Clock ticks on business break
Rate increases start after Feb. 8 deadline
OLYMPIA – If the Legislature wants to give businesses a break by cutting unemployment insurance taxes, it needs to do it in the next two weeks, Gov. Chris Gregoire said Tuesday.
At a news conference, Gregoire repeated a call for legislators to pass a bill that would keep unemployment insurance rate hikes for businesses from taking effect. The House and the Senate are each considering a bill that would do that, but one or the other needs to pass and be signed into law by Feb. 8, or current state law will force the rates up, by as much as 50 percent for some companies.
“The rate hike is going to take a bite out of our recovery,” she said.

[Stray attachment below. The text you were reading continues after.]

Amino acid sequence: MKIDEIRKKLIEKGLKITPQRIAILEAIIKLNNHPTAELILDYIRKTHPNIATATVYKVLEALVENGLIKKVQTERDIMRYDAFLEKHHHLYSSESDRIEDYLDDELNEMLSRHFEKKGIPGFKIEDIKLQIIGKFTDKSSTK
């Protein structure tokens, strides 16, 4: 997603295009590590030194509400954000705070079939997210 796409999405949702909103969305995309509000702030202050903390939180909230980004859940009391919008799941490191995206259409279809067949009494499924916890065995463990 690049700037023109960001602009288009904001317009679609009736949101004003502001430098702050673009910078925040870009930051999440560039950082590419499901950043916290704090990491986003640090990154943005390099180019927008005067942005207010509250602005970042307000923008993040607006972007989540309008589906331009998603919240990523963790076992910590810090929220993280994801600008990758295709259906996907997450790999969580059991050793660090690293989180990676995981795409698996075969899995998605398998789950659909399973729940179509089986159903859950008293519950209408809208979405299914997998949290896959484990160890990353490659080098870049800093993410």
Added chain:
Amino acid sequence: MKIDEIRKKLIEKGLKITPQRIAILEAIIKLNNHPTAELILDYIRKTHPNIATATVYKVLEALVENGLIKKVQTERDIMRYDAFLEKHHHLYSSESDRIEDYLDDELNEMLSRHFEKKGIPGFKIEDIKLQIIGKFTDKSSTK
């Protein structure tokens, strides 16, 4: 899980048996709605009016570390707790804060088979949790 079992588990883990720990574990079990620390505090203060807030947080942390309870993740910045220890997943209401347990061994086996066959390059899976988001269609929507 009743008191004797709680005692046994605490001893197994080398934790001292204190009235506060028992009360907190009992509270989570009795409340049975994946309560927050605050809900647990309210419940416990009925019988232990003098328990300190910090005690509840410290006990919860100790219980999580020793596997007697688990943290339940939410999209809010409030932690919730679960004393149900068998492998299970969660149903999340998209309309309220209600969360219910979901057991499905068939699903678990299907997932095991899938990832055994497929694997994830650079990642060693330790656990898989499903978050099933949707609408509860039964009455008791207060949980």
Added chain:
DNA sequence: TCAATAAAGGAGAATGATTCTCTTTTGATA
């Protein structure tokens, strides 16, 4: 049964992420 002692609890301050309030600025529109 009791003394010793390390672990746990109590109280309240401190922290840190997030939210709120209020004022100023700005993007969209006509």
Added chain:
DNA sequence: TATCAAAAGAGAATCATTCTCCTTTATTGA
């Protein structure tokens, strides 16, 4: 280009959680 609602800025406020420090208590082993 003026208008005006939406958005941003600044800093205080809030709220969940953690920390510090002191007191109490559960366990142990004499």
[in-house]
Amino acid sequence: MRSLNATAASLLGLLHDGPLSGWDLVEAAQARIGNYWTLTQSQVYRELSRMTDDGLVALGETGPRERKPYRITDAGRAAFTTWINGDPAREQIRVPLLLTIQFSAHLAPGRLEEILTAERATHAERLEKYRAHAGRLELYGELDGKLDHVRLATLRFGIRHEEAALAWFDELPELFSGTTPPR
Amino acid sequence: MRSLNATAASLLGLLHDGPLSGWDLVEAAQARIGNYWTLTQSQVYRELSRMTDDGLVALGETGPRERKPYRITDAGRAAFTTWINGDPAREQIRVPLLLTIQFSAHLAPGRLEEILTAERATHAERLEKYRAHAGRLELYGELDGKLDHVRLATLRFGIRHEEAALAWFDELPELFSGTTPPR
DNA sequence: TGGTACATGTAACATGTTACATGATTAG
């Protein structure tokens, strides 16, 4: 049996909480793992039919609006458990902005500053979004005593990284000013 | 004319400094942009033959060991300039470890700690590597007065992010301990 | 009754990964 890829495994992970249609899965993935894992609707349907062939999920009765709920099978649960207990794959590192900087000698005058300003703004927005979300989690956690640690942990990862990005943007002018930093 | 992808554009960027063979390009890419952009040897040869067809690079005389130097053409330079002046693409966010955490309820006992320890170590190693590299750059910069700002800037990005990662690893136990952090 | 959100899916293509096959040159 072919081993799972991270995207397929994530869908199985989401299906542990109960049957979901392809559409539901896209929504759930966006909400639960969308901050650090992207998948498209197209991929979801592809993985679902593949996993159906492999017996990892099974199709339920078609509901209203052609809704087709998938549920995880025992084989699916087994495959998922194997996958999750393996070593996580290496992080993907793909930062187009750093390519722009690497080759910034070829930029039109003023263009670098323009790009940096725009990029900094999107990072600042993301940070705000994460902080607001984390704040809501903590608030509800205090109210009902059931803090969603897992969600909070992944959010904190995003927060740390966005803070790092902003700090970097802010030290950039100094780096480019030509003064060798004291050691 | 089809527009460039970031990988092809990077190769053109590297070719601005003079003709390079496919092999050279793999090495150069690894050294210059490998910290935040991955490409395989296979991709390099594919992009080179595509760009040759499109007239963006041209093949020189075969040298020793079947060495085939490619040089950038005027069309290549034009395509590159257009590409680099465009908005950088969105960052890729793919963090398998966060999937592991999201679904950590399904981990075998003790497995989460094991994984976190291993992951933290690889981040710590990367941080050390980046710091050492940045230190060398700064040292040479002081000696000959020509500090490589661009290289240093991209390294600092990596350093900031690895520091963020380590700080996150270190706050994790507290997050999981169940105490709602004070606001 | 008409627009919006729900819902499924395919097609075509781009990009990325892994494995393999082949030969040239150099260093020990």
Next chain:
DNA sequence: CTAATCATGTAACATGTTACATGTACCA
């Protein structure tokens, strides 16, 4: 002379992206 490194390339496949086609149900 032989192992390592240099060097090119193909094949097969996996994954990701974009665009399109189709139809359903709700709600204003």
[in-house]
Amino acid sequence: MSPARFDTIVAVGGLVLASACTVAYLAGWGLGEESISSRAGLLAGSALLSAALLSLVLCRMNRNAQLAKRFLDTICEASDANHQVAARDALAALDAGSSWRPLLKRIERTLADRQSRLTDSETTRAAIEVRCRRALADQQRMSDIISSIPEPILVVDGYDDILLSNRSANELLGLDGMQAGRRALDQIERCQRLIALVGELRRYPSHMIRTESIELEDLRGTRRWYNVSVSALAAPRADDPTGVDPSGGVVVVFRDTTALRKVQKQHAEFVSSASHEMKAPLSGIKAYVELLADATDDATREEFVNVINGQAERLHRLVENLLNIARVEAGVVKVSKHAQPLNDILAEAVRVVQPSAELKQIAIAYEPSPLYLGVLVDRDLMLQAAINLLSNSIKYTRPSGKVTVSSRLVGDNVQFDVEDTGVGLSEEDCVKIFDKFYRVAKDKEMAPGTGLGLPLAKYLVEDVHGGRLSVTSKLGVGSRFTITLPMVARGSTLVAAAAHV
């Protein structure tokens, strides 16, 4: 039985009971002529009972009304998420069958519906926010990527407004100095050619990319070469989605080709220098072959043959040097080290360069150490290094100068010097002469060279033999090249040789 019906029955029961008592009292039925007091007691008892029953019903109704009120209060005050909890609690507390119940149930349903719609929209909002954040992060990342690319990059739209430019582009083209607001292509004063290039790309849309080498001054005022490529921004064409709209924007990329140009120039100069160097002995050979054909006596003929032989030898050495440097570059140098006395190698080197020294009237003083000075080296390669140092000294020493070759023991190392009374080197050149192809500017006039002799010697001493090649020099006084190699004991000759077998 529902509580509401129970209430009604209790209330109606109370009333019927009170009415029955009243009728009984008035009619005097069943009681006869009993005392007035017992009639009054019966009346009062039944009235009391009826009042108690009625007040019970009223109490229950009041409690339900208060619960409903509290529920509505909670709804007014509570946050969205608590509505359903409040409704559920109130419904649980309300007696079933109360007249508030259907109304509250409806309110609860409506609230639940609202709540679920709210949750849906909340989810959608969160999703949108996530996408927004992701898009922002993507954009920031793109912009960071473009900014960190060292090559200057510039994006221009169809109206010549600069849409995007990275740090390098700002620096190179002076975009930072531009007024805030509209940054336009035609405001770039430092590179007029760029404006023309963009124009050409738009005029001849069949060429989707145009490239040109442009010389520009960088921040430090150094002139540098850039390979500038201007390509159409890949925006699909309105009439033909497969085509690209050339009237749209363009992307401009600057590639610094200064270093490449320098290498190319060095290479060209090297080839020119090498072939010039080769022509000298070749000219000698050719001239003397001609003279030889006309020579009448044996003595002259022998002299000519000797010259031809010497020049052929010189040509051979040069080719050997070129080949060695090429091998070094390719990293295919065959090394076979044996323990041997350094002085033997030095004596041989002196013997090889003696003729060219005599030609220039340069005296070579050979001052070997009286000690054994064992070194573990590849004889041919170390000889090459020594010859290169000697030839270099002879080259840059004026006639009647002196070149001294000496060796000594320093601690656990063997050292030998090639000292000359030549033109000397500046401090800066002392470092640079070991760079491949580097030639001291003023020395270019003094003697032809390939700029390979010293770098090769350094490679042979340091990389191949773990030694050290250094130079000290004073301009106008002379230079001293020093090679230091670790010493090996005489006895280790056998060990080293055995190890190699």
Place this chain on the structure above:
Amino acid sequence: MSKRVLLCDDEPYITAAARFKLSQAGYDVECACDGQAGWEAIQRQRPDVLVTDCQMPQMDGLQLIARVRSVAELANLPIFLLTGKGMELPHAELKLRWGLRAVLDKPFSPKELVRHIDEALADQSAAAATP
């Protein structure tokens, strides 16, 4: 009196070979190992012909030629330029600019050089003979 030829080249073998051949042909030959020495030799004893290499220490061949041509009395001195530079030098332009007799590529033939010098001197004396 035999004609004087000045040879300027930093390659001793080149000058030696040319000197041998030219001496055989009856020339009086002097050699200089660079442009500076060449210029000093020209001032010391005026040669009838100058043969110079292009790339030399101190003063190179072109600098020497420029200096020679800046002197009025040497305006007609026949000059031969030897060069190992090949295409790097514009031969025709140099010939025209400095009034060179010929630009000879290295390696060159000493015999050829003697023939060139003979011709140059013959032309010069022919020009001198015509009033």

The proposals would lower unemployment insurance taxes to some 80,000 small businesses and reduce the tax bite by a total of about $300 million this year, Gregoire said.
Bills to reduce the tax rate have bipartisan backing, and blocking the rate hike has the support of business groups, organized labor and progressive groups. But other changes to the unemployment benefits system are causing a split.
Last week, House Democrats amended their bill on unemployment insurance changes so that instead of spending more money on worker retraining as Gregoire wants, the state would provide an extra $15 a week for each dependent of an unemployed worker, up to $50 a week. That switch has the support of progressive organizations and unions, but is opposed by business groups like the National Federation of Independent Business.
Gregoire said the Legislature should move quickly to block the rate hike and take up other changes to the system later. “We can have that debate another day,” she said.